A Day in the Life: Payroll Errors and Bank Frustration

by mzumtaylor on September 9, 2010

in A Day in The Life

When we moved across the country, we had an extra $400 in the bank, $1,500 in savings for move, $800 in our Emergency Fund, and $980 in savings for taxes because I had been working for myself, but knew I was still going to have to pay taxes come April 15th, 2011, and I wasn’t sure how to think about doing it quarterly like self-employed people are supposed to do.

I spent the $980 of tax savings on repairing the car that my father-in-law as going to drive for us across the country.

I spent the $800 in Emergency Fund money to help ease the transition.

The $1,500 went to the process of moving, of course, except the $740 that was supposed to go to the moving company actually came off the credit card I reserved it on just in case, so we had a little more in the bank for the first few months that we were here and only had Ben’s paychecks coming in every month.

But slowly, over the two months before I got a job, and the three weeks after I started my job that it took to get my first paycheck, the money in our account dwindled. Now, we have to be very careful what we spend and when, living paycheck to paycheck, and always getting distressingly close to $0 in our account before the next influx of cash comes in. We’ve been in this place before, as many people have, but it was before we were married (almost two years ago now), and I had forgotten how stressful it can be.

I know things are going to turn around though: I’m just about to get my second paycheck, which means I’ve been at my new job for five weeks, and we’re making enough over our out-going bills that we’ll be able to start rebuilding our savings and the buffers I have built into our accounts so I don’t have to worry about living paycheck to paycheck.


When you’re down, it often seems that the universe is out to keep you down. This last week, when Ben’s paycheck was supposed to magically appear in our account via Direct Deposit, nothing happened. Normally it’s there before I wake up in the morning, and because we’ve been running close to the wire every two weeks, I wanted to make sure it was there before I paid some of our bills. Like, say, rent.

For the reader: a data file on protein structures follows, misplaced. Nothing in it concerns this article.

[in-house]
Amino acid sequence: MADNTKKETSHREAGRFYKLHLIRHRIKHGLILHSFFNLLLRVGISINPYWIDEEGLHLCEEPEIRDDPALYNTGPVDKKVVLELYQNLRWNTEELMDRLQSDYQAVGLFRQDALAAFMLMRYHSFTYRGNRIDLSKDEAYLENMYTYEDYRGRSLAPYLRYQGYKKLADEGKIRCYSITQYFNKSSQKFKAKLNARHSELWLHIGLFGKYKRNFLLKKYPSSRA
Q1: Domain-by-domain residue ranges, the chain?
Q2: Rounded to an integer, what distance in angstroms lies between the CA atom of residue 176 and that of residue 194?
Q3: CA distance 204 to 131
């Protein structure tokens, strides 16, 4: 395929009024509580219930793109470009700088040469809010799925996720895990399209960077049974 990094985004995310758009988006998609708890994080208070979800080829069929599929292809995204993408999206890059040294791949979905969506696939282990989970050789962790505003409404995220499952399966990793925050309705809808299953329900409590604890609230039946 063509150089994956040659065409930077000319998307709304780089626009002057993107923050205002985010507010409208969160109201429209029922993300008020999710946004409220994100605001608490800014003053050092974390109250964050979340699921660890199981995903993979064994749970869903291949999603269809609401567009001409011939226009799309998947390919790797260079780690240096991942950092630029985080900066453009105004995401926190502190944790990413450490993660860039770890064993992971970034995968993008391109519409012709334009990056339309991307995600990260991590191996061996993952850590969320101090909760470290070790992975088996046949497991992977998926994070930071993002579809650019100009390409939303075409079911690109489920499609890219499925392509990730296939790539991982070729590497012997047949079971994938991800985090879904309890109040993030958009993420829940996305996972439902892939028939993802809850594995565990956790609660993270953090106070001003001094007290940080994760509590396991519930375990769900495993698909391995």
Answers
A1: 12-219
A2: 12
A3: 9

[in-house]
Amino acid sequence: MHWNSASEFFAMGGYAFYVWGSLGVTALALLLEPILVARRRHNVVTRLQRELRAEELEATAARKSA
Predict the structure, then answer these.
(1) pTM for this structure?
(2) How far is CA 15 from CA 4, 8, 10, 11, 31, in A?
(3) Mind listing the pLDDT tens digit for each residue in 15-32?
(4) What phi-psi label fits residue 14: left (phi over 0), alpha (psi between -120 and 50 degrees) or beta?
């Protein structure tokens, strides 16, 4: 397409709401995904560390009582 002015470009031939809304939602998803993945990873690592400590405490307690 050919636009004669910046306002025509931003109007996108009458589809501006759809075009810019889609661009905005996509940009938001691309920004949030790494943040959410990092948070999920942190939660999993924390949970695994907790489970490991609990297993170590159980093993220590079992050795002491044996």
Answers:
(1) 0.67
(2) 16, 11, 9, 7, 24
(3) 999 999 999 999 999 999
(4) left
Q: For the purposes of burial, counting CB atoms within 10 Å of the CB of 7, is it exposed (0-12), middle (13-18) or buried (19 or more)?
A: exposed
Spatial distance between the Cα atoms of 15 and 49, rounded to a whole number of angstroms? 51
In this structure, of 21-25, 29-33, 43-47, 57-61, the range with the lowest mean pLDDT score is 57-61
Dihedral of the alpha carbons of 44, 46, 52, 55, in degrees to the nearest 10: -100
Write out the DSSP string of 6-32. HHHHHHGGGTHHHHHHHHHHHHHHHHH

Noon rolls around and still no direct deposit, so I call Ben at work, and he starts the process of figuring out what happened. Apparently there’s another person with his name who just started work at his company in Massachusetts, and he got Ben’s money. It was an error on the part of the payroll company, which was fixed rather quickly. Except they couldn’t just re-direct deposit the money into our account. No, that would have been too easy. They had to overnight a check to his store.

Saturday morning, Ben was going to go pick up his check, and we were going to open a bank account at a local bank in order to pay our rent on Tuesday. It wasn’t ideal, but it would work.

The overnighted check arrived on Saturday, but not until 3 pm. Any normal bank closes at noon. A few close at 2 pm. No bank that I know of is open until three.


So, our options were A) to send it through the mail to our normal bank (Charles Schwab, which I still love), but no mail would go out until Tuesday, which means we wouldn’t have the money in our account until Thursday or Friday the following week, or B) wait until Tuesday and open a bank account at the local bank, as planned.

To sum up: So, our rent, which is, on Friday, three days overdue and has only two penalty-free days left to pay it, cannot be paid until at least Tuesday the next week, but probably Wednesday, because most banks hold funds until the next business day. Because we couldn’t wait until Charles Schwab got our money, we decided to open a local bank account. The only problem with that plan is that the bank required us to put $100 in savings (a good idea, in general, but not useful in this case.

Fortunately, we were able to provide proof to our landlord of the cockery that’s been going on, so they waived the fee this time, but still. I had really thought we were beyond this.

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